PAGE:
You had to have sharp elbows to get into Westminster’s Grimmond Room this morning.
The energy and climate change select committee looking into the future of UK nuclear and in particular the future, if there is one, of Hinkley Point C was the hottest ticket in town.
In the middle of the scrum of journalists, MPs and members of the public scrambling for seats were three people overseeing the ongoing £18bn Somerset project saga.
EDF’s Vincent De Rivaz and Humphrey Cadoux-Hudson sat upright readied for the grilling they were about to receive.
And to the left of them was Zhu Minhong, China General Nuclear’s (CGN) director of UK nuclear projects.
Mr Rivaz was up first with a scripted speech about the future of Hinkley Point C that we have heard a million times before.
SNP head of the select committee Angus MacNeil wasn’t impressed. After France’s economy minister said a final investment decision would be made by May, the no-nonsense MP from Stornoway wanted to confirm if this was indeed the case.
But a direct answer wasn’t forthcoming.
What ensued was an incredible tug-of-war between the MPs and Mr De Rivaz, with EDF’s chief talking, sometimes over the committee members, about “commitment and confidence” without giving a yes or no answer.
“If Hinkley was powered by the number of commitments and promises to the project we have heard it would be able to heat the whole country,” MP Matthew Pennycook remarked.
And he was right. I lost count after I’d heard the word “committed” a dozen times.
Mr Rivaz did, however, indicate that the committee should pay heed to the May deadline, with 15 May the new date for the diary.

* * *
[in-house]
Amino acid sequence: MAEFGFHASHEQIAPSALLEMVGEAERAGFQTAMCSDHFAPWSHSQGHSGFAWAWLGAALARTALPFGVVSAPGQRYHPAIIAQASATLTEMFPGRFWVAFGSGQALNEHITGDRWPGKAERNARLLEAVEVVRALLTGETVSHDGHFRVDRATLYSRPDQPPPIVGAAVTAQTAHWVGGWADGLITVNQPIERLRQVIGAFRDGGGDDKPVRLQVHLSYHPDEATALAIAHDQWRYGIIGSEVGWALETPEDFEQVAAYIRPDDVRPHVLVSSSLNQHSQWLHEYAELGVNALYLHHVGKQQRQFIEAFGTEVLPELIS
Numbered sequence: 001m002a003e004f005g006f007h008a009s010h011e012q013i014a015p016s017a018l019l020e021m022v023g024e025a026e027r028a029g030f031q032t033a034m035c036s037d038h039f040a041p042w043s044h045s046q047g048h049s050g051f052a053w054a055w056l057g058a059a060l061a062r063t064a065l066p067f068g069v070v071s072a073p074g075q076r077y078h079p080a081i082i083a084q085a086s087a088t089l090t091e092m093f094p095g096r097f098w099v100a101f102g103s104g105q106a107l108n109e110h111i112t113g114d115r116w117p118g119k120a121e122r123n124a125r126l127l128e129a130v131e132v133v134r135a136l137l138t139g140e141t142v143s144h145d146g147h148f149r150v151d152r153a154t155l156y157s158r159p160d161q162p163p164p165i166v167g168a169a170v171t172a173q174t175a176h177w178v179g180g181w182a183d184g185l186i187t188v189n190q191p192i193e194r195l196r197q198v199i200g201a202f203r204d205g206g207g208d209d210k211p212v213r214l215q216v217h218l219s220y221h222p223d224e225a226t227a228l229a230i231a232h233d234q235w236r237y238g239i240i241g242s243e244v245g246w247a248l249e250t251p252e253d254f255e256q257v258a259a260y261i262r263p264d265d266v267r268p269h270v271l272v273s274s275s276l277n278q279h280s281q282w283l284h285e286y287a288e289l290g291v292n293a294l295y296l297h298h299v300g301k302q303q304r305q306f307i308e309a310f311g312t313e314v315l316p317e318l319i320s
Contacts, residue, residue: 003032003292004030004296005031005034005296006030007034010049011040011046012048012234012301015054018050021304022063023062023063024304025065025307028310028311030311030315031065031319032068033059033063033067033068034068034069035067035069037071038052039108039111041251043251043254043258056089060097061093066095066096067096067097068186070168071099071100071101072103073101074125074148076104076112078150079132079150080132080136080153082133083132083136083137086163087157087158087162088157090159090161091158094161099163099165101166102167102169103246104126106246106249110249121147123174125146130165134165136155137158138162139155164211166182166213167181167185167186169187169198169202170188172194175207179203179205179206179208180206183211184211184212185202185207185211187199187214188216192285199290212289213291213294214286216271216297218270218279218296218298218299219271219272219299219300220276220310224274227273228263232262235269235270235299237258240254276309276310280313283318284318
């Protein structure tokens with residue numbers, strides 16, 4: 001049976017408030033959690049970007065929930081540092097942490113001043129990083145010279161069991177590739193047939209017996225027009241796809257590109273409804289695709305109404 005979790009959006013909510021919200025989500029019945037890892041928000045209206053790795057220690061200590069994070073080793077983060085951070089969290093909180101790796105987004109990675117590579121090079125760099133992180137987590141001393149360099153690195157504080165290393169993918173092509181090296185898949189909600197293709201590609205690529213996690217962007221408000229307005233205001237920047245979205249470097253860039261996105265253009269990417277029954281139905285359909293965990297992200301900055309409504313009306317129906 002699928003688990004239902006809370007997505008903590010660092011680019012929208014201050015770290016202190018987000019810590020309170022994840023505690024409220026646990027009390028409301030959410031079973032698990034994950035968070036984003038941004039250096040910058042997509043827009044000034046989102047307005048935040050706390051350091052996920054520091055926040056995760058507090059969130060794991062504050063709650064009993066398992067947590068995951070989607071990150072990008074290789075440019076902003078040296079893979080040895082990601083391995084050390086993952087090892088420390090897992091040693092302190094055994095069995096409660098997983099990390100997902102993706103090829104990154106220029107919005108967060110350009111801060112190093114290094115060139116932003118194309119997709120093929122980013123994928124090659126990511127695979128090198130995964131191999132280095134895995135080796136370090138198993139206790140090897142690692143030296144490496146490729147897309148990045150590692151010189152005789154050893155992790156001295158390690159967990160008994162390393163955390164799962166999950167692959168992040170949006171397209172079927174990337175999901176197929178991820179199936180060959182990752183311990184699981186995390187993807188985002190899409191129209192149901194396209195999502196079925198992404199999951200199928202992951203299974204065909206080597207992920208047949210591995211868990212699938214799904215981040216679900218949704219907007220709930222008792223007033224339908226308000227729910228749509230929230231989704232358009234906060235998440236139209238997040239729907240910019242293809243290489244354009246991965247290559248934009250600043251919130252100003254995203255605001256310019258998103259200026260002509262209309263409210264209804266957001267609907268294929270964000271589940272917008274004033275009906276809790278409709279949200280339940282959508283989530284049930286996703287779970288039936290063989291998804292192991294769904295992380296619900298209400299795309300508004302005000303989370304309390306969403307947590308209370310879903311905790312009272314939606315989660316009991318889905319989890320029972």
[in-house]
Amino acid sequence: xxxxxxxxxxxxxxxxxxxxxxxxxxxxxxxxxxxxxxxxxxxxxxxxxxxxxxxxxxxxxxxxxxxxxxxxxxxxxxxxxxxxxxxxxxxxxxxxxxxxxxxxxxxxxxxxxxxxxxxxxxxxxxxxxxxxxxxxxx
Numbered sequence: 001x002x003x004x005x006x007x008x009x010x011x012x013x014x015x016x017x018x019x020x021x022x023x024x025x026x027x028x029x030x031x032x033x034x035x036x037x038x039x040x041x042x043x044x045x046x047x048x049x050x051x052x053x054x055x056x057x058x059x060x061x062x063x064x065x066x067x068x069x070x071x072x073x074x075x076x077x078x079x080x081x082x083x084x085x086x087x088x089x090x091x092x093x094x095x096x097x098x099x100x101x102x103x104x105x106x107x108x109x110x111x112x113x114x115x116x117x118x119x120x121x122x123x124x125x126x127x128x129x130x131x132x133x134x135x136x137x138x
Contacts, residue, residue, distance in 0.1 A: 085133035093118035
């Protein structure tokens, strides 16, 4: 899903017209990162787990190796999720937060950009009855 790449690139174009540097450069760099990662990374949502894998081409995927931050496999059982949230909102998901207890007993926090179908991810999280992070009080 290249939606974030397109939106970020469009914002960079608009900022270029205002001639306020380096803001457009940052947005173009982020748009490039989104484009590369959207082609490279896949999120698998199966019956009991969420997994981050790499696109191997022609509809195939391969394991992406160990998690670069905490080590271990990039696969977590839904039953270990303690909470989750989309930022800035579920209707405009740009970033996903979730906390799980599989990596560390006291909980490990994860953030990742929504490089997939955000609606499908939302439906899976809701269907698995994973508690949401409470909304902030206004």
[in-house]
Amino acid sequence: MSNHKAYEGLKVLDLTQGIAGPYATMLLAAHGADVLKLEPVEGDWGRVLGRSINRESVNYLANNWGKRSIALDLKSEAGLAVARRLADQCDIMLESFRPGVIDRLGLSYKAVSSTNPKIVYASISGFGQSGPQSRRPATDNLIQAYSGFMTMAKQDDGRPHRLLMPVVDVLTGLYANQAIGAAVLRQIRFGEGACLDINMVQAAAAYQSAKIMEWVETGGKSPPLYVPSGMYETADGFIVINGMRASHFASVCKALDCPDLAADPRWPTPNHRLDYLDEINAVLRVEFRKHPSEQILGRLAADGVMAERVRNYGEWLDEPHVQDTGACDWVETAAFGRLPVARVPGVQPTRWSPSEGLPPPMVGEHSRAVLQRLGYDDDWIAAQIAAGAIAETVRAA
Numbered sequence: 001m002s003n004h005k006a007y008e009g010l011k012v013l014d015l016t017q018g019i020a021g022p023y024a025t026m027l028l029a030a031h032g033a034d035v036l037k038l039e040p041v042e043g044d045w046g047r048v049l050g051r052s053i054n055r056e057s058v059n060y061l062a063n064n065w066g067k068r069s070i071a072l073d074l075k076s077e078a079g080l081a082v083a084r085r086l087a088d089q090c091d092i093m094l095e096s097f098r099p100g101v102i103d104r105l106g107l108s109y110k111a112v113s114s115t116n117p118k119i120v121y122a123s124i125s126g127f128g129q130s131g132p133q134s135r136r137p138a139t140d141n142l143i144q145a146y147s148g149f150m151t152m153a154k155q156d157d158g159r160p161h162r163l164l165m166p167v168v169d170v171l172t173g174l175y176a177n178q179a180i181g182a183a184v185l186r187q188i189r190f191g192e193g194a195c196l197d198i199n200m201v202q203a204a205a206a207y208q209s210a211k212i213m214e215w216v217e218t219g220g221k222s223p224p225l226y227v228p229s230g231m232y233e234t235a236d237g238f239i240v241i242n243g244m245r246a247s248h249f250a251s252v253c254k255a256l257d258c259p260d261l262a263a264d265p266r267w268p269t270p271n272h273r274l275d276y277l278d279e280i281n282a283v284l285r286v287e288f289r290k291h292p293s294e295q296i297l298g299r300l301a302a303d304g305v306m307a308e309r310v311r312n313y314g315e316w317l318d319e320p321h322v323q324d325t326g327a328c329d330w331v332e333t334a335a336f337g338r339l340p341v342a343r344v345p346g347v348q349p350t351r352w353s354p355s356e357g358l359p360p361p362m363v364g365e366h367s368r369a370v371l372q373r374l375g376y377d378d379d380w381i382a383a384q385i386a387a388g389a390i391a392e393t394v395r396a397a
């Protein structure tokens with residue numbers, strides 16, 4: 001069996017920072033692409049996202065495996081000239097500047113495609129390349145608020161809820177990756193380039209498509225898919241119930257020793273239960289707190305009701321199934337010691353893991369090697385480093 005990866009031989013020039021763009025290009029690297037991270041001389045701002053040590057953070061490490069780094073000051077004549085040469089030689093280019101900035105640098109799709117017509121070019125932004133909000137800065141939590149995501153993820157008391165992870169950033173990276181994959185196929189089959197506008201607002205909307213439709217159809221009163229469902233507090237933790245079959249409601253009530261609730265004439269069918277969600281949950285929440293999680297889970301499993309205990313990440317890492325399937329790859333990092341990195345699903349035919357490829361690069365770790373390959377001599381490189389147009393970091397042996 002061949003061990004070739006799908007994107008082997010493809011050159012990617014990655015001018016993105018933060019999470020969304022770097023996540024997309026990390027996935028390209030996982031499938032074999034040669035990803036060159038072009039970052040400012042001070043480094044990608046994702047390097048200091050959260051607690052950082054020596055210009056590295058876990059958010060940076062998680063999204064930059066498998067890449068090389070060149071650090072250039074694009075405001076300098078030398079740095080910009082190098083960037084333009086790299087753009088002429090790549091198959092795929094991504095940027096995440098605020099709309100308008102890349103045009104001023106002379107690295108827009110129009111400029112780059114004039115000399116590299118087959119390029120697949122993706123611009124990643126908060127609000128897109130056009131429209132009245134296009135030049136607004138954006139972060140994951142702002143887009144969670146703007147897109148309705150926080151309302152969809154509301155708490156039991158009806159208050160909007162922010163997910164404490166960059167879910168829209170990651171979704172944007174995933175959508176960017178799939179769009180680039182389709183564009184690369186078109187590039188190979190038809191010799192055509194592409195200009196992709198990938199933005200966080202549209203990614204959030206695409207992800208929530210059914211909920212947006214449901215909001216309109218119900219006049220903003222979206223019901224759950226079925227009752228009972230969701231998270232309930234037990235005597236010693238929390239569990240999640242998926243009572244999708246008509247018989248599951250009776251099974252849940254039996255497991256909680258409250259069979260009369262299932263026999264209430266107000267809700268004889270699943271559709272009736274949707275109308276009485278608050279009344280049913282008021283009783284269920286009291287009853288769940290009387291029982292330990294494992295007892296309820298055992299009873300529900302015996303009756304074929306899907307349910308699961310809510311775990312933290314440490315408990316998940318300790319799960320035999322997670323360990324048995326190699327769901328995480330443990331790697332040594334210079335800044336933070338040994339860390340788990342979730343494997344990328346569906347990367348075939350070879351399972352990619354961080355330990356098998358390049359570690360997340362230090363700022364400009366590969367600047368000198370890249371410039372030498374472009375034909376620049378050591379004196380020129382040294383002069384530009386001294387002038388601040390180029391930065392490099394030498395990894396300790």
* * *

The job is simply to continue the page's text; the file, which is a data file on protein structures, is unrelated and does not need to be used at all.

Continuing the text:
He said EDF needs to find efficiencies in the business, move funds from EDF’s non-priority projects to Hinkley and satisfy the company’s stakeholders.
Given Mr Macron comments yesterday where he called the project a ”good industrial and financial investment for the long term”, one can assume the French government, which holds an 85 per cent stake in EDF, is largely satisfied.
The committee meeting also demonstrated that while Hinkley might be beset by problems, the pipeline of future nuclear projects looks strong.
Both Nugen’s Tom Samson and Horizon’s Alan Raymant claimed that the successes of their respective projects in Moorside and Wylfa were not reliant on Hinkley going ahead and they were confident of securing investment – Moorside by 2018 and Wylfa by 2019.
That’s not to mention China’s Bradwell site. Mr Zhu said that despite what was happening with its “partner of 30 years”, the firm was still on course for construction to start in 2023.
The last 24 hours have been significant for the UK’s nuclear new-build programme. A final investment decision on Hinkley looks finally set for May.
And that will start a wave of investment in a burgeoning new sector.
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